It’s not everyday that we’re confronted with the idea of legacy. Sure, we’re taught that actions have consequences and that what we do matters, but when was the last time you thought long and hard about legacy? When was the last time you reflected on your role in the larger world? Have you taken the time to consider how the heritage of your ancestors determined so much of who you are today? These are the questions painter and artistic director Jarvares “J.Q.” Franklin encourages us to ask ourselves.
As I sat on the bench alone, strangers waved and smiled as if we’d crossed paths a thousand times before. A little girl asked to pet my dog and told me all about the King of Pops popsicle her Mom finally let her have on a school night. I sat feeling as if I’d stepped off the city streets into a small town escape. Swirled around the busy city of Atlanta, Georgia the (soon-to-be) 22 mile pathway invites people to stroll along restaurants, parks, and an amazing display of community art.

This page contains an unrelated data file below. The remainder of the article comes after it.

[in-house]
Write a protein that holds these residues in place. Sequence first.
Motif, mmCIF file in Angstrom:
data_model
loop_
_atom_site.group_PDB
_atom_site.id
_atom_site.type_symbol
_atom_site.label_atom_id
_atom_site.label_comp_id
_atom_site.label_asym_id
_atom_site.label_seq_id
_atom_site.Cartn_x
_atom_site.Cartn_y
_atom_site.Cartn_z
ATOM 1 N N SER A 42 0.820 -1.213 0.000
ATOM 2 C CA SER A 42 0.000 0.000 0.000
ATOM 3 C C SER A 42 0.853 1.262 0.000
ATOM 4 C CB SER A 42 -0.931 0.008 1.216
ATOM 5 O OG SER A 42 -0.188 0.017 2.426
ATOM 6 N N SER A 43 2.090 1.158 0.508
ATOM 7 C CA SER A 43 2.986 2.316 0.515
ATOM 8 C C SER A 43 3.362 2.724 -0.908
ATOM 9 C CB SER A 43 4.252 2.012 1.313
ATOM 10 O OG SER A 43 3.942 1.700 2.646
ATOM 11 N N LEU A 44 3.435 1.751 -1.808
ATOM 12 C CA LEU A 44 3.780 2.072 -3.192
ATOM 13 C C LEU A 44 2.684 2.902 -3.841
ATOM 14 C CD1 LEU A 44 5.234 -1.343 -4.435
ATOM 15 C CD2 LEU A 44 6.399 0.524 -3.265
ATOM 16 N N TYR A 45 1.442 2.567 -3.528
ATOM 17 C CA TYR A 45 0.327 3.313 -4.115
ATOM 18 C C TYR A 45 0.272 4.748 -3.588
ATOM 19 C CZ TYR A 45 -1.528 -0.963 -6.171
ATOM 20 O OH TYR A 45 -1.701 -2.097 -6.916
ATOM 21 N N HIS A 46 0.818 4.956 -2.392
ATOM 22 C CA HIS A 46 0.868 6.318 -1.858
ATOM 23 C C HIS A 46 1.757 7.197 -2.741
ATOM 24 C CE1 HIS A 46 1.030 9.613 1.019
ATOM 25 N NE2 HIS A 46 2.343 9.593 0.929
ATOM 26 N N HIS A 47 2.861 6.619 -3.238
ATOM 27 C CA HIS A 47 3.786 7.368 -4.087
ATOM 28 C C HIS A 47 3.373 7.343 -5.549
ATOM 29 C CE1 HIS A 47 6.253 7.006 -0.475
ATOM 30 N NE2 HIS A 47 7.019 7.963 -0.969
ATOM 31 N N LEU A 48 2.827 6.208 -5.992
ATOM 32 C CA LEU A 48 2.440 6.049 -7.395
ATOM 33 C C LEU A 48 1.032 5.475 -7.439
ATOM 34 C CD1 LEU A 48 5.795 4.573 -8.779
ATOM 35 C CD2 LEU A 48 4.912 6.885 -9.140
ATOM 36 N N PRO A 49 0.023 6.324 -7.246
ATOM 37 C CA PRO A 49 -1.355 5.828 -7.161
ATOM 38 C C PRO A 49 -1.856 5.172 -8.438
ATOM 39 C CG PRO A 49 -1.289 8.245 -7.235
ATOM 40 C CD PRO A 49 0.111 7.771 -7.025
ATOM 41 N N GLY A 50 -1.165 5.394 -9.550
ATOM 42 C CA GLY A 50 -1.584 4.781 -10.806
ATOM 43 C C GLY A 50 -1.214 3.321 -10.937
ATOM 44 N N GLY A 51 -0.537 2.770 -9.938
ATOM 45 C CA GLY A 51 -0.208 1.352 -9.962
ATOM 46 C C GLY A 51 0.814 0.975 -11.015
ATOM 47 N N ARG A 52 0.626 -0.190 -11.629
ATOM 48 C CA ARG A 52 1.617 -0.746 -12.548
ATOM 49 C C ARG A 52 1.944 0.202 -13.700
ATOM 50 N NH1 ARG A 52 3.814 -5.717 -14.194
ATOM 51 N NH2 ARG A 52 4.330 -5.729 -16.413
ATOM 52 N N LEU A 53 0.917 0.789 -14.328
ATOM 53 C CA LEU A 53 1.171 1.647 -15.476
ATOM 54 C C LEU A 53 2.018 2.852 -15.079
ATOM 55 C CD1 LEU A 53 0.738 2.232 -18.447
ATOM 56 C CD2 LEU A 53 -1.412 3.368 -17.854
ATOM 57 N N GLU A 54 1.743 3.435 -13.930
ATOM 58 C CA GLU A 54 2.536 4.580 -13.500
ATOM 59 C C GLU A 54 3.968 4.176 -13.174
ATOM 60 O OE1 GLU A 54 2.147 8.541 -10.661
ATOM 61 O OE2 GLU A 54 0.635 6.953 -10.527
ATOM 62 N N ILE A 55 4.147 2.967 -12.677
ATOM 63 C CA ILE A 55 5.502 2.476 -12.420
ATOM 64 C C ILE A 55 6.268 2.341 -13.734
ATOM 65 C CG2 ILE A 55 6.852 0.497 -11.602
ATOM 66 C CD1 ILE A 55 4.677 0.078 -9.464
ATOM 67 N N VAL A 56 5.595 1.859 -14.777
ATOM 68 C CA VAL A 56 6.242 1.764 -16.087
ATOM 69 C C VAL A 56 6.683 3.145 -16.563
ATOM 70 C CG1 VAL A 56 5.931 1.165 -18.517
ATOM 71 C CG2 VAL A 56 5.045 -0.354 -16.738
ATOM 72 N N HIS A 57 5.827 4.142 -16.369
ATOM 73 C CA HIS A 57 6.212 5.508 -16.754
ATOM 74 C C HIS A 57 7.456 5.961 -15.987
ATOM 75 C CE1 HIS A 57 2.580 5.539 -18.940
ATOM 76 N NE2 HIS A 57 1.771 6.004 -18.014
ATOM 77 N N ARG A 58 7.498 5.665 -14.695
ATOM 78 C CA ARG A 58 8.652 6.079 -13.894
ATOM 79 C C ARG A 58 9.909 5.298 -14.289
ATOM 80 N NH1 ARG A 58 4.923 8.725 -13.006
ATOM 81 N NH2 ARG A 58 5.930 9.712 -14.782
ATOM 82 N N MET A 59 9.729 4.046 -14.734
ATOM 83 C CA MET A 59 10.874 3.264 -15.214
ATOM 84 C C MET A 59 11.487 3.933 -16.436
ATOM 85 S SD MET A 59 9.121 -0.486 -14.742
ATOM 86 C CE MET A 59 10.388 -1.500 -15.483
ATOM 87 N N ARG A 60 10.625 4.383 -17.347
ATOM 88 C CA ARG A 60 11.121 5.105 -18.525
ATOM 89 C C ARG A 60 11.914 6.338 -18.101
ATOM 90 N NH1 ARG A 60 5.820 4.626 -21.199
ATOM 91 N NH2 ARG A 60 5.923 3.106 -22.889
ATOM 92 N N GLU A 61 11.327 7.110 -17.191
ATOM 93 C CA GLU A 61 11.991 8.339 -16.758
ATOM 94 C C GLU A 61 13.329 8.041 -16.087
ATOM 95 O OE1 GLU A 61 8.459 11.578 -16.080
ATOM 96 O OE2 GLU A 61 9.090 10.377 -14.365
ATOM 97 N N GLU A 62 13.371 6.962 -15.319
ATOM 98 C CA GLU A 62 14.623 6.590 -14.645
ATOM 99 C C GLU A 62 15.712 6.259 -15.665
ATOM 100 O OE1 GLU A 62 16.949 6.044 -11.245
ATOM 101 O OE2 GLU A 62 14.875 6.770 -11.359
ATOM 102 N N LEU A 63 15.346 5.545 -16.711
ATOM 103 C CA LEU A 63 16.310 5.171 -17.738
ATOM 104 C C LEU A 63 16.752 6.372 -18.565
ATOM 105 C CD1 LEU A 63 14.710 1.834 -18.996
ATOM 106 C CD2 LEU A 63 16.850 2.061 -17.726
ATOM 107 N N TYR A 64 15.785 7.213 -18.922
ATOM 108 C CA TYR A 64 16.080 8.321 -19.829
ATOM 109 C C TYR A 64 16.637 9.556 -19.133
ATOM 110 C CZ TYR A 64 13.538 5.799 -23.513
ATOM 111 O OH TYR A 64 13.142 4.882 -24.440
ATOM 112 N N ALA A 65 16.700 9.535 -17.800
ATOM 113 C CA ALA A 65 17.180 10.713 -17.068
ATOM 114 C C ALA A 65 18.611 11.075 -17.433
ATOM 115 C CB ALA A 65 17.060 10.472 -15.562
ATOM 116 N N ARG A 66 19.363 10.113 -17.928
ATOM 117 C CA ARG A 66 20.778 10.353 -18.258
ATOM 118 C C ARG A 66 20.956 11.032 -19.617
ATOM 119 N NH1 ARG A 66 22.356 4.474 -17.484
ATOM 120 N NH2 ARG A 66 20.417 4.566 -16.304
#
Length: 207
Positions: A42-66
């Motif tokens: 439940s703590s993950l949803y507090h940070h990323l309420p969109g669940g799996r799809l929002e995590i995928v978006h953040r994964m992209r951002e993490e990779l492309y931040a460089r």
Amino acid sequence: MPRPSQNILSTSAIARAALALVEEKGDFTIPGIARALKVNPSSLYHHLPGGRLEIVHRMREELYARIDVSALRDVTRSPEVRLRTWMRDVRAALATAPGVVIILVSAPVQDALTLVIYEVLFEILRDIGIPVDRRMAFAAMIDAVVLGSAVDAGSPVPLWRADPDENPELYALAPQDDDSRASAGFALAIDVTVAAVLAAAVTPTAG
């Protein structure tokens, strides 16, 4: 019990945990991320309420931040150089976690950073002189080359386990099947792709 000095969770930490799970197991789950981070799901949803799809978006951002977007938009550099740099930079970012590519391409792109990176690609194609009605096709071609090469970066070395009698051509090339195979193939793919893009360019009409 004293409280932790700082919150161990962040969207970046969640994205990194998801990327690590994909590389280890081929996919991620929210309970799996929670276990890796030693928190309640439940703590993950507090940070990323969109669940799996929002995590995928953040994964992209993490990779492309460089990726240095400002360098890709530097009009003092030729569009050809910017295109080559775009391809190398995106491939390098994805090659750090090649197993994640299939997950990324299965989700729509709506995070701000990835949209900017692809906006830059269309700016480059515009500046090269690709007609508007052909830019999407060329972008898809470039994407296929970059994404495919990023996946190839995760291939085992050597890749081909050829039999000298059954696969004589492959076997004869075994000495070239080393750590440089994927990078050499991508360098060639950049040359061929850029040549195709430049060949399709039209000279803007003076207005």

Art is so interesting because of its subjectiveness and various forms. It is a medium that allows limitless creativity. In the hands of an artist, an illustration can tell a unique story or capture a moment in someone’s life. There are no rules just free flowing expression, for Cuban artist Yoel Díaz Gálvez his work is an extension of himself.
Can you imagine walking into an art gallery expecting to see paintings, but only seeing large photographs of everyday people instead? Artwork as realistic as the paintings created by German artist David Uessem could trick anyone into thinking they’ve just looked at a photo. Uessem is known for taking snapshots of everyday life and painting realistic portraits of the pictures with his own authentic twist.